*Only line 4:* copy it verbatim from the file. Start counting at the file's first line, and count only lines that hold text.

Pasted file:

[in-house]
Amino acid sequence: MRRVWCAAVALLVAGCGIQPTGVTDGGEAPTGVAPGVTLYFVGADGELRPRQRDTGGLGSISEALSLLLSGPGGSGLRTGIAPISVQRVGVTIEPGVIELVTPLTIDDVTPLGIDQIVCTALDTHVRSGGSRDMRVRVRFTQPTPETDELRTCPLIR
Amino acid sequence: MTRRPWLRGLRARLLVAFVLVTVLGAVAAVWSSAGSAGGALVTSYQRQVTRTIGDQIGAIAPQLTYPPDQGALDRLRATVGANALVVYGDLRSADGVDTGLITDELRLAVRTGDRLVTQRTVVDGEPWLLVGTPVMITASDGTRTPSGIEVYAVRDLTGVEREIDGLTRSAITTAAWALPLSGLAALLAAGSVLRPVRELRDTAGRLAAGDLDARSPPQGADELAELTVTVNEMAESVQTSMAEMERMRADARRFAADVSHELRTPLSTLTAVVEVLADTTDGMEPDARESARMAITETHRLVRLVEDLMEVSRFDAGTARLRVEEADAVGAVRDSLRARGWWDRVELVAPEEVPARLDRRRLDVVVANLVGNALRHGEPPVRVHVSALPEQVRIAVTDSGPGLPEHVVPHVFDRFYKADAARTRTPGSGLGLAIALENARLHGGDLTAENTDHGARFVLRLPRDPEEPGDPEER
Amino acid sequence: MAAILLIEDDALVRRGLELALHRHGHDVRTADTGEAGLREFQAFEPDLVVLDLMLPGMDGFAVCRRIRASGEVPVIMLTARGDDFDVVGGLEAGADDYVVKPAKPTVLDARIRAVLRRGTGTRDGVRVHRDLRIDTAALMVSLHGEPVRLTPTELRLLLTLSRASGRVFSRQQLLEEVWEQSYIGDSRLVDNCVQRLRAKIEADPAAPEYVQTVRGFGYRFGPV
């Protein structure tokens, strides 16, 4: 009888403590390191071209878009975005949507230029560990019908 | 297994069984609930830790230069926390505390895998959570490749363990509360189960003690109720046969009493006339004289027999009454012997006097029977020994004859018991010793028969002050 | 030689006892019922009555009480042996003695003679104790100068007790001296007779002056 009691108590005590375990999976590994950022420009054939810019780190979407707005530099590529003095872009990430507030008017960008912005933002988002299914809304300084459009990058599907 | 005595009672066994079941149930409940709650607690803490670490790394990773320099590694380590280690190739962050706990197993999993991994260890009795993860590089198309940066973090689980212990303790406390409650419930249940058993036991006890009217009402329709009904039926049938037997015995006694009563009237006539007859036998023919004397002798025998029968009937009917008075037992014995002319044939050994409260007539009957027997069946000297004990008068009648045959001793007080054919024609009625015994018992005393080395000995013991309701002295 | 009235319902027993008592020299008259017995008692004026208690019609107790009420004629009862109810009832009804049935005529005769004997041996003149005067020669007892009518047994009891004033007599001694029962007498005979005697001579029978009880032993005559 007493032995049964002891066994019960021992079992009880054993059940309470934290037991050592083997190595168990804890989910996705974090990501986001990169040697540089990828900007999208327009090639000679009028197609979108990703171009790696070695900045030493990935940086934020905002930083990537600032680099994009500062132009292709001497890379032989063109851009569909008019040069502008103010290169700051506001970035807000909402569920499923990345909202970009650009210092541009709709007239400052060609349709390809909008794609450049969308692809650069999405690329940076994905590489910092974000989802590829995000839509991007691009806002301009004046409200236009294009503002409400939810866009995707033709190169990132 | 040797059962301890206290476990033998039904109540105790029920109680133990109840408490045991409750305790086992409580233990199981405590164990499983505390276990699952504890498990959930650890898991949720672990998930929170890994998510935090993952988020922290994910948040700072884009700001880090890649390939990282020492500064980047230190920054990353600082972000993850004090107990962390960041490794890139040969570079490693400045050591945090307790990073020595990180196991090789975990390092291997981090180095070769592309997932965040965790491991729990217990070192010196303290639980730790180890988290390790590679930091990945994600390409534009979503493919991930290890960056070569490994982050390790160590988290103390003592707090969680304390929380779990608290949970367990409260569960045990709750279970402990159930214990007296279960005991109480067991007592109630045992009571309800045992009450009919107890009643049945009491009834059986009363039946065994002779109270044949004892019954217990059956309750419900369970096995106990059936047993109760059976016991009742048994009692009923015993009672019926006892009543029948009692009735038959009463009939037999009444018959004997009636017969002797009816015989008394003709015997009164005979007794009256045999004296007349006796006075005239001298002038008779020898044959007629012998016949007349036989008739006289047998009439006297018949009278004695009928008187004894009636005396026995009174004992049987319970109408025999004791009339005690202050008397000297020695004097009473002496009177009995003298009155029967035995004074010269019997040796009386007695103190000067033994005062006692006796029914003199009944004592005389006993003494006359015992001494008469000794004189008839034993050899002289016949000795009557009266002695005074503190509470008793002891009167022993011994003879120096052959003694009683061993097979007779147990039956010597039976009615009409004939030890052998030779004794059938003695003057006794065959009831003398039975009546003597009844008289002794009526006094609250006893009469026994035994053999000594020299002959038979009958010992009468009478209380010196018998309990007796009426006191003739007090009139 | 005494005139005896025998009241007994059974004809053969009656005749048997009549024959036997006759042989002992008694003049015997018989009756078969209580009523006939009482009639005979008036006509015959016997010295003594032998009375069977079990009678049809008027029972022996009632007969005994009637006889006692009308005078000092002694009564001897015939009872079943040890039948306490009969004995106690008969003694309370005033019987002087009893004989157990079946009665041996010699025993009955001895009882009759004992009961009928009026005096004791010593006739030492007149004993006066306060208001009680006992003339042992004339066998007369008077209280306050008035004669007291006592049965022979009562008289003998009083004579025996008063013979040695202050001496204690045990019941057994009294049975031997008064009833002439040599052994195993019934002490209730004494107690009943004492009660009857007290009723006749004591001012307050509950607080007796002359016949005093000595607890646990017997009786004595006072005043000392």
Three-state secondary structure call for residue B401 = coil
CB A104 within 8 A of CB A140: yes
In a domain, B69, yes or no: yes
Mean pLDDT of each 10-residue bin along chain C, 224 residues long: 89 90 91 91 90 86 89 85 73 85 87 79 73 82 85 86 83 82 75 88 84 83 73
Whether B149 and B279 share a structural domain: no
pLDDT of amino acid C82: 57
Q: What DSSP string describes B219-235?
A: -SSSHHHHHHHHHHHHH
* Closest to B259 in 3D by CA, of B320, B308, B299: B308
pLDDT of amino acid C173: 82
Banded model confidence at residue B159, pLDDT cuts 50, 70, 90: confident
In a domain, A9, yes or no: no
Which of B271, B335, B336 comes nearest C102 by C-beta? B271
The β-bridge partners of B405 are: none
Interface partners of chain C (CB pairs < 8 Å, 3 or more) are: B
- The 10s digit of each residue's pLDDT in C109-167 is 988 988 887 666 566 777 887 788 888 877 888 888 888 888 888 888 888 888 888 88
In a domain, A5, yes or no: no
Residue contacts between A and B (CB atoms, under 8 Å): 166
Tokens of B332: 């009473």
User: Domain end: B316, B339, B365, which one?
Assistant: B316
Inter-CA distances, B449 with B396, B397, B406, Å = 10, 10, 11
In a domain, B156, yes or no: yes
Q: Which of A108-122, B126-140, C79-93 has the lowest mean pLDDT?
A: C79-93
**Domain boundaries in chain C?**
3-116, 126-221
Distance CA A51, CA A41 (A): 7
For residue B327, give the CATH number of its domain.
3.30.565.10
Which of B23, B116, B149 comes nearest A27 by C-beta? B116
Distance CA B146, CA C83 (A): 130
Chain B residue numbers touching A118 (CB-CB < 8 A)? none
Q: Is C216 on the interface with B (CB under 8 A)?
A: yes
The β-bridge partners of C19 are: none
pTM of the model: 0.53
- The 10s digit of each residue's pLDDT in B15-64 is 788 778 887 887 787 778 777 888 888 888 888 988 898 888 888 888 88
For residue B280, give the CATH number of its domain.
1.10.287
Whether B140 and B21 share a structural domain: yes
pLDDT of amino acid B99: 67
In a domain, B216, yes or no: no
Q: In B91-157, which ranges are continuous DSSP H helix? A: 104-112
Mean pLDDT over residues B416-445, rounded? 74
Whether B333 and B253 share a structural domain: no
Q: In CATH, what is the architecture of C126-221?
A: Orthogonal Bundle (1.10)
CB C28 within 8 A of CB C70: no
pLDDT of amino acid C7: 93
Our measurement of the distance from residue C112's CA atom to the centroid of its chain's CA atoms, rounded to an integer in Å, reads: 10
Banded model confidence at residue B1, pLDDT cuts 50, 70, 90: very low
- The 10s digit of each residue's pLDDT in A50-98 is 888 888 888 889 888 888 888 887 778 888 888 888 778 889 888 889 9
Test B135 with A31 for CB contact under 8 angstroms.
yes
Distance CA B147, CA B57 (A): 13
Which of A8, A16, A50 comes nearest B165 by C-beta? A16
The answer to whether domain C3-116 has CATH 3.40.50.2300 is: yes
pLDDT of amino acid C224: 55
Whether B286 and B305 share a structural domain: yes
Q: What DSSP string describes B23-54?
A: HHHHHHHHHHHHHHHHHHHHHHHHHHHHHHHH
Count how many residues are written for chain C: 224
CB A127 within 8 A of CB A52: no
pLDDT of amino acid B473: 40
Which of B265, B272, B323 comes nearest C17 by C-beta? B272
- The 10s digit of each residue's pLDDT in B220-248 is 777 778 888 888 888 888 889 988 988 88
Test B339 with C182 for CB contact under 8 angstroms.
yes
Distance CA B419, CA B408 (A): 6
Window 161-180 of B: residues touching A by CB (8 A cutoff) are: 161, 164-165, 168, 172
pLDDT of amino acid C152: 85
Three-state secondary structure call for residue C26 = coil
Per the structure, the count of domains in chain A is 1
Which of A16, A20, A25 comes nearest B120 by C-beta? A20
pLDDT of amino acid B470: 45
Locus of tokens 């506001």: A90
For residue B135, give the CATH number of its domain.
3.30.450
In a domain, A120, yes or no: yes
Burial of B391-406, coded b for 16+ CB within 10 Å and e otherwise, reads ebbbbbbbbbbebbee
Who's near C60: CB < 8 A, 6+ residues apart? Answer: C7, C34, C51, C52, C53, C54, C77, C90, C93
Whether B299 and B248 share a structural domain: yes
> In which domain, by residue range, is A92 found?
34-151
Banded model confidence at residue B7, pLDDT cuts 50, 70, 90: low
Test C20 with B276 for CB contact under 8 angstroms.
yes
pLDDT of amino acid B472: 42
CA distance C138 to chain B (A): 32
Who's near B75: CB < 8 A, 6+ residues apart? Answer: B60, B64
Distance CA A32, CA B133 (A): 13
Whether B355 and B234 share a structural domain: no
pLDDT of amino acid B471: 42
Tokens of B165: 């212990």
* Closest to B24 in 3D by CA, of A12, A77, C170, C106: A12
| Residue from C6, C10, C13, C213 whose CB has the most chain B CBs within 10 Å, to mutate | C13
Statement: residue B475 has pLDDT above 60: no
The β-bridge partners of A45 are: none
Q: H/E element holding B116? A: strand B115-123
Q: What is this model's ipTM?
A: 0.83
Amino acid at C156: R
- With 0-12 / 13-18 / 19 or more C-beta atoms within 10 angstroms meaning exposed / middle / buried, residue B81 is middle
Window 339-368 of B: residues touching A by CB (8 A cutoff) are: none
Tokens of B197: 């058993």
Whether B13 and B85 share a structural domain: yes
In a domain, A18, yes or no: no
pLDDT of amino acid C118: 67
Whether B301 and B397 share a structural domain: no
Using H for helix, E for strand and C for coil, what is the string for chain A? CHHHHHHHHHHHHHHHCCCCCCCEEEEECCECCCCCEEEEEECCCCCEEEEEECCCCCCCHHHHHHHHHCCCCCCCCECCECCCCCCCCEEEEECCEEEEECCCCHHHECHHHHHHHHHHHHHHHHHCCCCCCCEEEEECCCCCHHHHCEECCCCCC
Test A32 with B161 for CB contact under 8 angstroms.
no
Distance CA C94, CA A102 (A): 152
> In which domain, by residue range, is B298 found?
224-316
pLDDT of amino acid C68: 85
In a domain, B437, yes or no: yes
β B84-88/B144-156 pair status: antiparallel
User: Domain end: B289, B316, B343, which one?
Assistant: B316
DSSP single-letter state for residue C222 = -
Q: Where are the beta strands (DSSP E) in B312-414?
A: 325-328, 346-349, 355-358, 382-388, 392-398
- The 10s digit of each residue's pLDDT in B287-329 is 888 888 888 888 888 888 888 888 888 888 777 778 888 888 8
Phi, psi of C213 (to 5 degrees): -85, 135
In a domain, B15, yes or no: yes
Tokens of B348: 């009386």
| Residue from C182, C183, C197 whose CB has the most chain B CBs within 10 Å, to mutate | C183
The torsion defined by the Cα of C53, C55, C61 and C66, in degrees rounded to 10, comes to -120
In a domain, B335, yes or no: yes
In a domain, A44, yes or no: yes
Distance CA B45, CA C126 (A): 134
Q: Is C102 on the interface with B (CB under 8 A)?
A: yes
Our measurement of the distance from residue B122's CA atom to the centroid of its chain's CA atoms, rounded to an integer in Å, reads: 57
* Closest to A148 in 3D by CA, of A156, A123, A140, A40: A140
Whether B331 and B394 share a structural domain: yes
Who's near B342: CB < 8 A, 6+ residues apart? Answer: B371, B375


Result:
Amino acid sequence: MAAILLIEDDALVRRGLELALHRHGHDVRTADTGEAGLREFQAFEPDLVVLDLMLPGMDGFAVCRRIRASGEVPVIMLTARGDDFDVVGGLEAGADDYVVKPAKPTVLDARIRAVLRRGTGTRDGVRVHRDLRIDTAALMVSLHGEPVRLTPTELRLLLTLSRASGRVFSRQQLLEEVWEQSYIGDSRLVDNCVQRLRAKIEADPAAPEYVQTVRGFGYRFGPV